In this section we evaluate the effectiveness of our network with quantitative results on two standard facial attribute datasets, CelebA and LFWA, constructed based on face datasets CelebFaces  [43] and LFW  [15], respectively. Both datasets have forty binary facial attributes, as listed in Table  3. We use the exact same partition of data as in  [33]: 160k images of CelebA are used to fine-tune the network. In the remaining 40k CelebA images and the LFWA dataset, 50% of the images are used to extract the learned top-layer fc features from the network and to train a linear SVM classifier for attribute classification, and the other 50% are used for testing.

We evaluate the performance of our network on the two datasets with four state-of-the-art methods: FaceTracer [22], two versions of PANDA [56] network, PANDA-w and PANDA-l, based on the setting described in [33]; and LNet+ANet [33]. The same data was used for all approaches. FaceTracer utilizes hand-crafted features (HOG + color histogram) on face functional regions to train an SVM classifier. LNet+ANet uses a massive set of images with manually labeled identities for pre-training and cascades two networks to automatically detect the face region and consequently learn the facial attributes from the detected part.Apart from LNet+ANet, all the methods obtain cropped faces externally either from given landmark points (FaceTracer and PANDA-l) or based on off-the-shelf detection (PANDA-w and ours).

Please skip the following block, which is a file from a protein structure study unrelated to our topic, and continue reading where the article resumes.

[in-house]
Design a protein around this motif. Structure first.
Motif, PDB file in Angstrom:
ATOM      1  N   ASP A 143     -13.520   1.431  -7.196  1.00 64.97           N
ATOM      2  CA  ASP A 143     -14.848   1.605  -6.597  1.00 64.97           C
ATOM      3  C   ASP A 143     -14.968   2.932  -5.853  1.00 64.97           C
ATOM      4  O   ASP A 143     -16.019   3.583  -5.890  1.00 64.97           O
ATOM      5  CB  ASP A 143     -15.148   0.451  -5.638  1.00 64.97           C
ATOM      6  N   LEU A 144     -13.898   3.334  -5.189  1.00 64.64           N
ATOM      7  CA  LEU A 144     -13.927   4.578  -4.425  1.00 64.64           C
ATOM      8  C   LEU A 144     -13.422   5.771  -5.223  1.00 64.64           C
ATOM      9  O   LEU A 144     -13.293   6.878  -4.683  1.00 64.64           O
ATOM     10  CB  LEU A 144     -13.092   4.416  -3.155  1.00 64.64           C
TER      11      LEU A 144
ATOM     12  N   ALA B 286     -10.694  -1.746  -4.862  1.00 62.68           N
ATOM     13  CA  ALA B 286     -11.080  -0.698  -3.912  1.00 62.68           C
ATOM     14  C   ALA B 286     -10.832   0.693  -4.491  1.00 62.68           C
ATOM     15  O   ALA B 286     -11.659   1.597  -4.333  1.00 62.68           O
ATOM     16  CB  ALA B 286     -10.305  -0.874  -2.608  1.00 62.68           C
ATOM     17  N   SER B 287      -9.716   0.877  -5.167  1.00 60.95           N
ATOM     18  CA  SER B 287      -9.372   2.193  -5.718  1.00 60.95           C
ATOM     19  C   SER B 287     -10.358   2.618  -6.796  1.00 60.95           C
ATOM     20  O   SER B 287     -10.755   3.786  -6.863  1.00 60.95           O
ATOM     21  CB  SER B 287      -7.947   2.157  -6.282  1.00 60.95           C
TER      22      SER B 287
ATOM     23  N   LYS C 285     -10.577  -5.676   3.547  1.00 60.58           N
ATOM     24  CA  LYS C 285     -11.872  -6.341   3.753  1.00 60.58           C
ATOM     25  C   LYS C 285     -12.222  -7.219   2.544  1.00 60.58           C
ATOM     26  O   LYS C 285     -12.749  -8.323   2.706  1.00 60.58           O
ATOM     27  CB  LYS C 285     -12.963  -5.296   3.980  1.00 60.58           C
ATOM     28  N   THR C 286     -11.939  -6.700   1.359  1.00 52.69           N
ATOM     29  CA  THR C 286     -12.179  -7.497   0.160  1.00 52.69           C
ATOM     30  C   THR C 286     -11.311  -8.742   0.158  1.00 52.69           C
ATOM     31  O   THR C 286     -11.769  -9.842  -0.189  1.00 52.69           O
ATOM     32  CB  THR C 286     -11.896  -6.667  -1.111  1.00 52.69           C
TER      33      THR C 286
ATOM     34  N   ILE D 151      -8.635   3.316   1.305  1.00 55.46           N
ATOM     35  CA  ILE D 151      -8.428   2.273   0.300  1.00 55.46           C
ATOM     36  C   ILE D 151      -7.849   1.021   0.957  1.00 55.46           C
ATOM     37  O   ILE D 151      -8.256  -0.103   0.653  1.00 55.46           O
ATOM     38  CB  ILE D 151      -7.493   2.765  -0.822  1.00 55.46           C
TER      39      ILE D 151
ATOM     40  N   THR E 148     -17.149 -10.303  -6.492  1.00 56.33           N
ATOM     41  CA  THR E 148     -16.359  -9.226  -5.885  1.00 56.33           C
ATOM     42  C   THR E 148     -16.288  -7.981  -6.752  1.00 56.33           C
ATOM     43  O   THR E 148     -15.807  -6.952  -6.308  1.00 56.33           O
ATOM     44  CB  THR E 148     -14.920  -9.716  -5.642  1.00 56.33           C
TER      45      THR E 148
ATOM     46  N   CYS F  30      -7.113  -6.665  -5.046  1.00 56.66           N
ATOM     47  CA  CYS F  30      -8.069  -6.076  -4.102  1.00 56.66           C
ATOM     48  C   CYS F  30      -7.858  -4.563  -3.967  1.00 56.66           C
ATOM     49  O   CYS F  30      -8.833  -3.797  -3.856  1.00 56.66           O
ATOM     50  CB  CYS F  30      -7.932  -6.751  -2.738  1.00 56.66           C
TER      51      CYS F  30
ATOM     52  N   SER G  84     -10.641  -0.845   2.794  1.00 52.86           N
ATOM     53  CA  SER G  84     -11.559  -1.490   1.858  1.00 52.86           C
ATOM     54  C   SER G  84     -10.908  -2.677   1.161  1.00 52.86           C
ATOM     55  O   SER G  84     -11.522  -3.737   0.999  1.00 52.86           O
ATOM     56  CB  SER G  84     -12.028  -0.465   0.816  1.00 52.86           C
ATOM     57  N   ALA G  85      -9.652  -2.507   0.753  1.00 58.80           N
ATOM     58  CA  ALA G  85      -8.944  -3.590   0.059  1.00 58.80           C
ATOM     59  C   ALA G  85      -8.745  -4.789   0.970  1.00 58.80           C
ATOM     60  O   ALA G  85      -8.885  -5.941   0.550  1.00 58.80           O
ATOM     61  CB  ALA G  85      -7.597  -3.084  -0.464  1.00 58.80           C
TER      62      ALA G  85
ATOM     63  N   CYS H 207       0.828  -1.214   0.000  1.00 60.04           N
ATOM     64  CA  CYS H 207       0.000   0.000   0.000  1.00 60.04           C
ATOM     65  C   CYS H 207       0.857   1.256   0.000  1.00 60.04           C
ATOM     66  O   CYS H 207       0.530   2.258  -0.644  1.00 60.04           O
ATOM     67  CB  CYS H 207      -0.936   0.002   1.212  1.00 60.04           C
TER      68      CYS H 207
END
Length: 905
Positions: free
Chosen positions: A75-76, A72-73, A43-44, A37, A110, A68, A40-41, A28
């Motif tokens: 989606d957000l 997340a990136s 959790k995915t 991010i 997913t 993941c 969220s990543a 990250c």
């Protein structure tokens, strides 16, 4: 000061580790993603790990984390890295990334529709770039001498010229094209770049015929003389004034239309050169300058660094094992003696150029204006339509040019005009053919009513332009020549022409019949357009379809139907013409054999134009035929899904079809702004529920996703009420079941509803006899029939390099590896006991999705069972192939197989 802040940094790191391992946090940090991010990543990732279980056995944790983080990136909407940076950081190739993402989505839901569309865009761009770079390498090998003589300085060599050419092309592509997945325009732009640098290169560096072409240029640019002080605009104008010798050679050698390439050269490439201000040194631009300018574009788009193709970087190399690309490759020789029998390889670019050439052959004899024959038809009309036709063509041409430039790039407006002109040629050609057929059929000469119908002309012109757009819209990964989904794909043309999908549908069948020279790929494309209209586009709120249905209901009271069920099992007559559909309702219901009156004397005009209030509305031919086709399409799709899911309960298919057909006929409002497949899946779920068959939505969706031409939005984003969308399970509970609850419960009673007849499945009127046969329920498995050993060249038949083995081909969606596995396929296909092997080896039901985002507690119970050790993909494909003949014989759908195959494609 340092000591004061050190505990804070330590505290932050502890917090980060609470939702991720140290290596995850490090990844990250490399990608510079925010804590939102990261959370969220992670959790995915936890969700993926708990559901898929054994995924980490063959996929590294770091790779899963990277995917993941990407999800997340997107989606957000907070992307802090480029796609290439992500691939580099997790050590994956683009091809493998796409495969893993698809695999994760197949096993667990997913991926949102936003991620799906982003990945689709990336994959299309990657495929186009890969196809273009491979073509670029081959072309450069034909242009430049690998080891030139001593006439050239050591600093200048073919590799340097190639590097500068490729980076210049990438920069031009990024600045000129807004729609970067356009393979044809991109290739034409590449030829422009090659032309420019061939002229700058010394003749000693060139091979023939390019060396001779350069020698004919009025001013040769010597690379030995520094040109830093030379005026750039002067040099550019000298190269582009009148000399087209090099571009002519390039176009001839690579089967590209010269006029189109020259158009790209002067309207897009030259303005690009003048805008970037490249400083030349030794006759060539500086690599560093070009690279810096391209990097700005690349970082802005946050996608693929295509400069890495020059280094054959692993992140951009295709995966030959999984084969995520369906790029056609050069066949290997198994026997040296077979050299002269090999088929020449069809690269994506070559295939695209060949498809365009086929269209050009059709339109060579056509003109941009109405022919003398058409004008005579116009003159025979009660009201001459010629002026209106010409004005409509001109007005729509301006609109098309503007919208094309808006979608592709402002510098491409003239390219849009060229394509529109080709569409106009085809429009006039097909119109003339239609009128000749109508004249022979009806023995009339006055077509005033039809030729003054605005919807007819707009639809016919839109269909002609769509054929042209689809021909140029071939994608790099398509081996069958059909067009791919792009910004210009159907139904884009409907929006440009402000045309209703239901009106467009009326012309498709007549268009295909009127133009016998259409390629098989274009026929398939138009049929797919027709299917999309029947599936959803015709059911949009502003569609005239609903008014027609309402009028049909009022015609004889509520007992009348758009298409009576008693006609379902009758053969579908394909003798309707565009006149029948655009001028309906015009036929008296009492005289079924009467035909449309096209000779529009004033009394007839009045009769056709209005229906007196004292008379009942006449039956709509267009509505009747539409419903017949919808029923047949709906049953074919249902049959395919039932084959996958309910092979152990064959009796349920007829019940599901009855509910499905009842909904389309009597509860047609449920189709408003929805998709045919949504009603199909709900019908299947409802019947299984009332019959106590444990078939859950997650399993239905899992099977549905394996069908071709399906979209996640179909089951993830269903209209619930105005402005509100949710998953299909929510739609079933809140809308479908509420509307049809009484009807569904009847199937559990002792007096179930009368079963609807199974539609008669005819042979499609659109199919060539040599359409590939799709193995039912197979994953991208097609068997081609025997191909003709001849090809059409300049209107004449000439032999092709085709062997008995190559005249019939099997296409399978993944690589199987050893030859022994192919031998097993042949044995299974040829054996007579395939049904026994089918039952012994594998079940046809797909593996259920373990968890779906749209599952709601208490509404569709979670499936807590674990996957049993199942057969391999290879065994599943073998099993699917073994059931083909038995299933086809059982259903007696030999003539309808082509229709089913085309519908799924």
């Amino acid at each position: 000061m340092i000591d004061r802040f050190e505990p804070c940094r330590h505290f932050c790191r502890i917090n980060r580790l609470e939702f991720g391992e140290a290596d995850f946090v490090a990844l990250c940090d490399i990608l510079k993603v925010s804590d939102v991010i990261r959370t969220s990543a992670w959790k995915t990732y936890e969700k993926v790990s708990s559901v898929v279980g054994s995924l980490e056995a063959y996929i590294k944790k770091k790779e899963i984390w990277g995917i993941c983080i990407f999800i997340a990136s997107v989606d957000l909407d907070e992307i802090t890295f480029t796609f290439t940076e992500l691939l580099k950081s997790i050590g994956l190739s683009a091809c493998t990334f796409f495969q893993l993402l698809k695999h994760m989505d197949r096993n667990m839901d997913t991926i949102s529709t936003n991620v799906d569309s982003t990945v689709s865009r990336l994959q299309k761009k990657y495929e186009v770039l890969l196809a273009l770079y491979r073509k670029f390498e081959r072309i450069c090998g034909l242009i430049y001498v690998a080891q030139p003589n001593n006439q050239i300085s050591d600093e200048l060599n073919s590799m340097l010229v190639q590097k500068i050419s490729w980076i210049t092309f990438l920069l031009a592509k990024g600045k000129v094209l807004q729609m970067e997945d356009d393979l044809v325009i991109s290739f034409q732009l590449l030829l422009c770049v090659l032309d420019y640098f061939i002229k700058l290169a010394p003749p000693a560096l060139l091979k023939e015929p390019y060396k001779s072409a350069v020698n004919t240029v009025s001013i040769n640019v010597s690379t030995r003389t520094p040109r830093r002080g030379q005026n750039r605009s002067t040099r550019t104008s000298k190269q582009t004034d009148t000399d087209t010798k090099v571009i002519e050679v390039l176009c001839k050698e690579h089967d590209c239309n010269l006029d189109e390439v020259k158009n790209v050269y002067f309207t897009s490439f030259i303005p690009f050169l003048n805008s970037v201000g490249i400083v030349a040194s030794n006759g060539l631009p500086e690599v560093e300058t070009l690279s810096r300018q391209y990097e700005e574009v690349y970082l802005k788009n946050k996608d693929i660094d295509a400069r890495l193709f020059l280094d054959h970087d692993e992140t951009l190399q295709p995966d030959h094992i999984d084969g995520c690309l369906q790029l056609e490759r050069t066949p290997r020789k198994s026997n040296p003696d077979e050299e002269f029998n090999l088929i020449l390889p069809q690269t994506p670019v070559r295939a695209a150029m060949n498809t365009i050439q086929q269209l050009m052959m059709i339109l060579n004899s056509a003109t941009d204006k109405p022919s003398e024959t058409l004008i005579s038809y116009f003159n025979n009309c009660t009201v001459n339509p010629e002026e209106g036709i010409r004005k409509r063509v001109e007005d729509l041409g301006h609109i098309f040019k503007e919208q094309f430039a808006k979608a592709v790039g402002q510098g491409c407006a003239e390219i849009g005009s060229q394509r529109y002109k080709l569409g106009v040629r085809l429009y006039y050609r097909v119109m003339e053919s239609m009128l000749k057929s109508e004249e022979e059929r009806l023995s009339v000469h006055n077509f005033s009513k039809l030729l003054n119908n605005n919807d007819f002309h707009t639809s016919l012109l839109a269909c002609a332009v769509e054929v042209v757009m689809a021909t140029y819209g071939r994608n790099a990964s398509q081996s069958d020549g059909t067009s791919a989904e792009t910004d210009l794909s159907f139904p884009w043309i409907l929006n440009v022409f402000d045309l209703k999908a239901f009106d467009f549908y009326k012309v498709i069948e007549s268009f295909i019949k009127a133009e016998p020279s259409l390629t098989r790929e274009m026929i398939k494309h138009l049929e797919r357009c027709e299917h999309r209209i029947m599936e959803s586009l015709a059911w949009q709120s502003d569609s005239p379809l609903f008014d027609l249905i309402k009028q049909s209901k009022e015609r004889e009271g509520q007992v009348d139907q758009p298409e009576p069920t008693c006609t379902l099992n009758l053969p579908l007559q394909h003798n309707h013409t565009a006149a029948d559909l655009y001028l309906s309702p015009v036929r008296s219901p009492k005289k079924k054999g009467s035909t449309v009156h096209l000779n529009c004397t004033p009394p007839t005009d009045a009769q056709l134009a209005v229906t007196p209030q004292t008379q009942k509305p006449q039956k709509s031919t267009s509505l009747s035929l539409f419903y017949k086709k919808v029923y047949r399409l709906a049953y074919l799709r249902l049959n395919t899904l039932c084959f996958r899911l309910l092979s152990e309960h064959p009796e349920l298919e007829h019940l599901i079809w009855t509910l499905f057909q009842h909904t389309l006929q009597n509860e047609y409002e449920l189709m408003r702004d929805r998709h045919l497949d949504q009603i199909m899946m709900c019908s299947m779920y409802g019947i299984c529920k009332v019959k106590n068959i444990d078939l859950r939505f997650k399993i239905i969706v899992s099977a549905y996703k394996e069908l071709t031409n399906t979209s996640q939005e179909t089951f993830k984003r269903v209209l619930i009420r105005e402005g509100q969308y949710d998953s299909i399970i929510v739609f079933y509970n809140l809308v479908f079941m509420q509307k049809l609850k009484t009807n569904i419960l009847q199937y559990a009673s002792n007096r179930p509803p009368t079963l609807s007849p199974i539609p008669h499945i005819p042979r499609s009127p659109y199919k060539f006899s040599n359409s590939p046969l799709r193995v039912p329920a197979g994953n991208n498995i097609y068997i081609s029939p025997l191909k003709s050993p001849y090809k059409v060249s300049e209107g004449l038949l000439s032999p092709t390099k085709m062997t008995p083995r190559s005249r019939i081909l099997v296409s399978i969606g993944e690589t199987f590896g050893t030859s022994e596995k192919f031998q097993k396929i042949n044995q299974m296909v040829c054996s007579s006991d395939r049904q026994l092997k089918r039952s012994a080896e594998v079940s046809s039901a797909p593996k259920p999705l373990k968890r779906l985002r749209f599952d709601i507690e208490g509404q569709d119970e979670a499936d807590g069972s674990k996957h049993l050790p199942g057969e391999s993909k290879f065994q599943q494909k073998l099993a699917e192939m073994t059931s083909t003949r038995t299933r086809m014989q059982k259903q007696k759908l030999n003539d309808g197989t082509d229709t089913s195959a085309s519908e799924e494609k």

As shown in Table 3, our approach significantly outperforms the four other methods on LFWA and reaches comparable performance with LNet+ANet on CelebA on average score, without using manual labeling in the pre-training stage. Our approach achieves better results than the prior methods on most of the forty attributes.

5.3 Visual Attribute Discovery

The quantitative results for the above three datasets show that the pre-trained models on identity verification, geo-location, and weather classification boost the prediction of facial attributes despite the fact they are not explicitly trained for attribute classification. To better understand the attribute-related contextual information the pre-trained nets have learned, we show some qualitative examples of the top activated neurons in the pre-training phase.